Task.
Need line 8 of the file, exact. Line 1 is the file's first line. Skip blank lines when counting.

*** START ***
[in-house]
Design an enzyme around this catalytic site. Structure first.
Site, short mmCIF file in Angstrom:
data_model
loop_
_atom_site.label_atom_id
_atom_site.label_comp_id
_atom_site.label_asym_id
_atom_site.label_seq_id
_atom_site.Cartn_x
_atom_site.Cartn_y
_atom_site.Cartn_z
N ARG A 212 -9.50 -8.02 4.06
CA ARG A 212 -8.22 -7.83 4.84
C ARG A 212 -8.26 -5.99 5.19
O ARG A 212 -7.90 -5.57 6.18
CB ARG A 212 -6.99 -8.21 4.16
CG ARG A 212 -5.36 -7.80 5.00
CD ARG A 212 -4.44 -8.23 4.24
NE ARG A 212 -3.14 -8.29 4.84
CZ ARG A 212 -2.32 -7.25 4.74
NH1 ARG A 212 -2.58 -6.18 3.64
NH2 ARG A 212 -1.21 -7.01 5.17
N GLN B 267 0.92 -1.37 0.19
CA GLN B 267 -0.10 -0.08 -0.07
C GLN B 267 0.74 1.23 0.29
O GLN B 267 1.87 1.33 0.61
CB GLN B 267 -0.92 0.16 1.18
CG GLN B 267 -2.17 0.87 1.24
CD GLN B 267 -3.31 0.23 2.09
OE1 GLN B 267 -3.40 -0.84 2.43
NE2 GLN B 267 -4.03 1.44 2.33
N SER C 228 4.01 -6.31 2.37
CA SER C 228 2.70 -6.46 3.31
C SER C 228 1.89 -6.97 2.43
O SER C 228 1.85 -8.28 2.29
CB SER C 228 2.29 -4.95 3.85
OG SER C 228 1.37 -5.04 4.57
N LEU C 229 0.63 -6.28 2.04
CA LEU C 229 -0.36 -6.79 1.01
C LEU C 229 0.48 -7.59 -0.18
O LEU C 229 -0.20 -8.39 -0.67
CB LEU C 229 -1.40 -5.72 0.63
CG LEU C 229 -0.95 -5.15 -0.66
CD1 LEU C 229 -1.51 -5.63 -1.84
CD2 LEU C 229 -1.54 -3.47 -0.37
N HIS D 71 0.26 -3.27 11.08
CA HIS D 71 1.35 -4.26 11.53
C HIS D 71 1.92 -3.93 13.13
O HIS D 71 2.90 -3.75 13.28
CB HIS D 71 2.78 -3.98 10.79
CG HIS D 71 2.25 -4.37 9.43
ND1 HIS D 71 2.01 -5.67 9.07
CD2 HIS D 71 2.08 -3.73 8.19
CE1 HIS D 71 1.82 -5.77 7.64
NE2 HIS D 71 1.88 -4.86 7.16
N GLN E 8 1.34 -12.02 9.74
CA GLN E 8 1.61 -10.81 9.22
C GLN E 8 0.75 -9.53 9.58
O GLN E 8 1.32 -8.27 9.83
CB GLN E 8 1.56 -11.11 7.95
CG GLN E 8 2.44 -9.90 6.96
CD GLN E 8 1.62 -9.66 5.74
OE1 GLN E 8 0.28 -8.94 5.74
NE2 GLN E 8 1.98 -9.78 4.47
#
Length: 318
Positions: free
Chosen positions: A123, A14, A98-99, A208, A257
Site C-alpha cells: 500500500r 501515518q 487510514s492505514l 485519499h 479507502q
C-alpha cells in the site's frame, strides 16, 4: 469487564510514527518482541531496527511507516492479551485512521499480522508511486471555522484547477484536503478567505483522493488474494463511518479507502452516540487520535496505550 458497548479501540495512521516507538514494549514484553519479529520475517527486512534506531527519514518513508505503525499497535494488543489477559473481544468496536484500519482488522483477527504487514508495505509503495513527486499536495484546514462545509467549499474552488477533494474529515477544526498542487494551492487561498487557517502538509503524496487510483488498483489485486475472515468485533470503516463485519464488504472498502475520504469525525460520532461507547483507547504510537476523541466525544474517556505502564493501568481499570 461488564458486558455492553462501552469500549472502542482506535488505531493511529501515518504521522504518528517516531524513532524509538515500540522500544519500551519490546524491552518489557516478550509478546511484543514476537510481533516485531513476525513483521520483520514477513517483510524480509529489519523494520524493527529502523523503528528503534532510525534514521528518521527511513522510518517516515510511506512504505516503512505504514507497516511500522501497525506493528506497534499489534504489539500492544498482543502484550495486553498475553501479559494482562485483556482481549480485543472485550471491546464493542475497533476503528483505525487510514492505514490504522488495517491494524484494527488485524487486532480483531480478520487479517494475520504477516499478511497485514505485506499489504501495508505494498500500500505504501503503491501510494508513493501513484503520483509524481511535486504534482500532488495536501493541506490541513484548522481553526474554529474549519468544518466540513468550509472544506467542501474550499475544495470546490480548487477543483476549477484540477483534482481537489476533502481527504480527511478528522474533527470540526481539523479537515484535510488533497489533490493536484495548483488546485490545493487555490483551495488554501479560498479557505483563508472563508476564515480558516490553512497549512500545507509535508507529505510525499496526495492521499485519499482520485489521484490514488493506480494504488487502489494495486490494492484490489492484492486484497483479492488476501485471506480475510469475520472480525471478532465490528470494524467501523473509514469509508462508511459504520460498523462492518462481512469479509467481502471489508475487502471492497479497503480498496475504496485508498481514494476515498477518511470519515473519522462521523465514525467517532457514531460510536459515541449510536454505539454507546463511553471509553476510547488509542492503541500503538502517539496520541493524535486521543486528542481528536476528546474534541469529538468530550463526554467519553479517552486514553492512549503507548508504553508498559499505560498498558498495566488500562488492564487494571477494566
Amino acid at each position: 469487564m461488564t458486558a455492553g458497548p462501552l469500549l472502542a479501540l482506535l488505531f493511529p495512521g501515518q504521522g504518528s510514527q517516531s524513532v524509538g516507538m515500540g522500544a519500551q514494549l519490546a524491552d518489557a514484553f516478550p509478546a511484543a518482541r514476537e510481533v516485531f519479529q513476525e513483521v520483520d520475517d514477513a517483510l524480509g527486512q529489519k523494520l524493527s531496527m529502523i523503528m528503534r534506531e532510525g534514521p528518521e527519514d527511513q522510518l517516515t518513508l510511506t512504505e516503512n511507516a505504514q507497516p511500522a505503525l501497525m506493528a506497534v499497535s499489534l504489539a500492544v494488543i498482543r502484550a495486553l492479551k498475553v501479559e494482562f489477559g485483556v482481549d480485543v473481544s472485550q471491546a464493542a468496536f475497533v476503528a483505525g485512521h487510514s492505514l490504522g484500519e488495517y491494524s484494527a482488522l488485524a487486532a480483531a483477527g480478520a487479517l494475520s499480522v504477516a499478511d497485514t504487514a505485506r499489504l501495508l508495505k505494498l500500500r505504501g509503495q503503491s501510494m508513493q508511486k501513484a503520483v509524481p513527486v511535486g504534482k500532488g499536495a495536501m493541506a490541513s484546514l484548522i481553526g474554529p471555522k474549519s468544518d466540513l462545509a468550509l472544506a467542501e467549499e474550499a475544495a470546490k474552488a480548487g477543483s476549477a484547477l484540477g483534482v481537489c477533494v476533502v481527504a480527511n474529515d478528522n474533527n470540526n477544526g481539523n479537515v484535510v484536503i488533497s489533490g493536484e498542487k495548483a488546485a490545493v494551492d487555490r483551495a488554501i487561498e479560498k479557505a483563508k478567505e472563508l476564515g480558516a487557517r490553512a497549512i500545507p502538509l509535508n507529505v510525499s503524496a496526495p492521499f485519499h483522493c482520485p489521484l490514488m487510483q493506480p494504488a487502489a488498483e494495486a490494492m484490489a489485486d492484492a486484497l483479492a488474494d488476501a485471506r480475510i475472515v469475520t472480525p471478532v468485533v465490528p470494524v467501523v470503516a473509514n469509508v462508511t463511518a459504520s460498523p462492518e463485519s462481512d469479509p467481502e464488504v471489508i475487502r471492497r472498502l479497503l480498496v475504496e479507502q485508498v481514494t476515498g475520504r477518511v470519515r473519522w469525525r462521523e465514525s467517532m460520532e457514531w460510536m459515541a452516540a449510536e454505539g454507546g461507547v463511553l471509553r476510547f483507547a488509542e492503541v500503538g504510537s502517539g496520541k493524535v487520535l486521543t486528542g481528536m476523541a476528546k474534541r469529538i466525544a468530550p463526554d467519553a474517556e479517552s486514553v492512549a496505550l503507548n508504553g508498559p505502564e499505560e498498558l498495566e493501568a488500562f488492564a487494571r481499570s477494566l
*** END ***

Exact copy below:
_atom_site.label_asym_id